- Kelly Watt
Kelly's Brand New B(ook) Log!
February 4, 2022—Book Log— Little Red Riding Hood: A Casebook by Alan Dundes.
During a poetry course on fairy tales with acclaimed poet www.judythhill.com I got really excited about researching the ancient roots and oral versions of fairy tales. I chose Little Red Riding Hood as my tale and I read Dundes’ work. His book includes many different versions of the oral tale, from the grisly French version by Perrault, and the more upbeat moralistic Grimm Brothers’ version, and the book is organized into a series of chapters by different writers exploring Little Red from different angles: psychological, historical, folkloric and literary. I loved the deep dive. I loved how an oral tale remains alive, morphing and changing throughout time, and how no one can quite explain its enduring resonance. One of my favourite chapters, was on “The Concept of Childhood and Children’s Folktales.” by Zohar Shavit. In it, Shavit points out that fairy tales were the first children’s literature and puts the tale in context. Here’s a great quote:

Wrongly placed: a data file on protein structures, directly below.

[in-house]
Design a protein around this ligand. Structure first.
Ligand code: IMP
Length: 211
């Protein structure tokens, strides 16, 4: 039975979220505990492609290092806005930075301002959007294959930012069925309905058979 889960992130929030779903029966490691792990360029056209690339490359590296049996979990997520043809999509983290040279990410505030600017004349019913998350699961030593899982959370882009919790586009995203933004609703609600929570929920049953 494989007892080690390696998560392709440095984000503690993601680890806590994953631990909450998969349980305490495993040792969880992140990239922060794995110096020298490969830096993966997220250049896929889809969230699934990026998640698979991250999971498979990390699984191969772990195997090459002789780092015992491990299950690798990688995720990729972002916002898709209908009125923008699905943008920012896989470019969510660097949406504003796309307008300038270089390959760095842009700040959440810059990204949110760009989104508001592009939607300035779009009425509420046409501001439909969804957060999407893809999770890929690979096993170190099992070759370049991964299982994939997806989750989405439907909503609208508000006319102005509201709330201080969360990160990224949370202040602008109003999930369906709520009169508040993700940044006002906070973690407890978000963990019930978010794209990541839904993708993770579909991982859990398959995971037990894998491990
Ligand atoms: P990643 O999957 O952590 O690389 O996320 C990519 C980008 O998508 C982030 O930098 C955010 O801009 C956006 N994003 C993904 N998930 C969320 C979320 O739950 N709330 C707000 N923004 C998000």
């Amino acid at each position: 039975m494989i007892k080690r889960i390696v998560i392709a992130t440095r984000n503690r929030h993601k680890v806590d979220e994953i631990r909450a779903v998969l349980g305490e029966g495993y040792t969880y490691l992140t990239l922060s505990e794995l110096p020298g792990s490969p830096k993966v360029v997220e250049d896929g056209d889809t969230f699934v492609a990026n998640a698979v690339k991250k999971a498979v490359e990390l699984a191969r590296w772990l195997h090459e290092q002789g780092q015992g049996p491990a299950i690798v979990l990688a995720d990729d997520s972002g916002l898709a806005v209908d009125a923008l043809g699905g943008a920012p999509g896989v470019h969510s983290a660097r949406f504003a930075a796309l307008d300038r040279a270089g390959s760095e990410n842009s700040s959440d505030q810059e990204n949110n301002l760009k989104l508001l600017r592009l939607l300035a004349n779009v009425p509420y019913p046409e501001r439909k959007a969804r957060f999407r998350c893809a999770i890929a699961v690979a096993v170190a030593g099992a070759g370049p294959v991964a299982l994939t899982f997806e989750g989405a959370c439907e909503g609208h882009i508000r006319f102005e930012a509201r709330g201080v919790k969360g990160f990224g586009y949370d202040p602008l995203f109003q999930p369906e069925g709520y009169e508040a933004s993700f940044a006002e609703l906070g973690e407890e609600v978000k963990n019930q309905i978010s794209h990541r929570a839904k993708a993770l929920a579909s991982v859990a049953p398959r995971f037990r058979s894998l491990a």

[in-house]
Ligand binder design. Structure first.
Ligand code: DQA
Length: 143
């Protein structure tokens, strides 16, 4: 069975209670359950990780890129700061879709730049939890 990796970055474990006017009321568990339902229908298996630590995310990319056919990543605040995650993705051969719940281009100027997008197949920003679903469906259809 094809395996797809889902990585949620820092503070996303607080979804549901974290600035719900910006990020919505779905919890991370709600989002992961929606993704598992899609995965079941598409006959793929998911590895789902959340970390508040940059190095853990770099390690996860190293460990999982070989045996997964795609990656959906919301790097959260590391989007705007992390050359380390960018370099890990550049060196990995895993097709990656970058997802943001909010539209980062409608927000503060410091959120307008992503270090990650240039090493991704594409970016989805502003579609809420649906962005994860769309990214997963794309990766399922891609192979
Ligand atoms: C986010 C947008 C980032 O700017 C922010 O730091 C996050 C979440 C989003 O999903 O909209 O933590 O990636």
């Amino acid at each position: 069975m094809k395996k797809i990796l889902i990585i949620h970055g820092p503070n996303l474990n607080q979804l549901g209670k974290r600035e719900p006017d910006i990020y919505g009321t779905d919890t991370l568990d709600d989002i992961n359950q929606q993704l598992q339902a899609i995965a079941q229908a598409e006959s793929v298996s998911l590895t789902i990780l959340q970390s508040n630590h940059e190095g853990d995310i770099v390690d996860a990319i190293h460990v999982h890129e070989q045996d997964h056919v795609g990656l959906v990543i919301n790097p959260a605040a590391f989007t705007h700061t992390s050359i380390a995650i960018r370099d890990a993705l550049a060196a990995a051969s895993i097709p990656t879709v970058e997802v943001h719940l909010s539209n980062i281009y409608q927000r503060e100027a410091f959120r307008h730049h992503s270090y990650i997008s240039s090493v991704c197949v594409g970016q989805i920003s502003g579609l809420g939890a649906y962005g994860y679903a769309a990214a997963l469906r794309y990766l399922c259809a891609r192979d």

“Children were invited to the parlour so that adults might be amused by them: the attitude toward’s children greatly resembled the attitude toward a cherished pet. Fleury described this attitude as follows: “It is as if the poor children had been made only to amuse the adults, like little dogs or little monkeys.”
My favourite version of Little Red Riding Hood, is said to be from the Loire valley or northern Alps region, and includes a werewolf. It’s called: “The Story of Grandmother.” I wrote a poetry chapbook inspired by it, that’s looking for a home.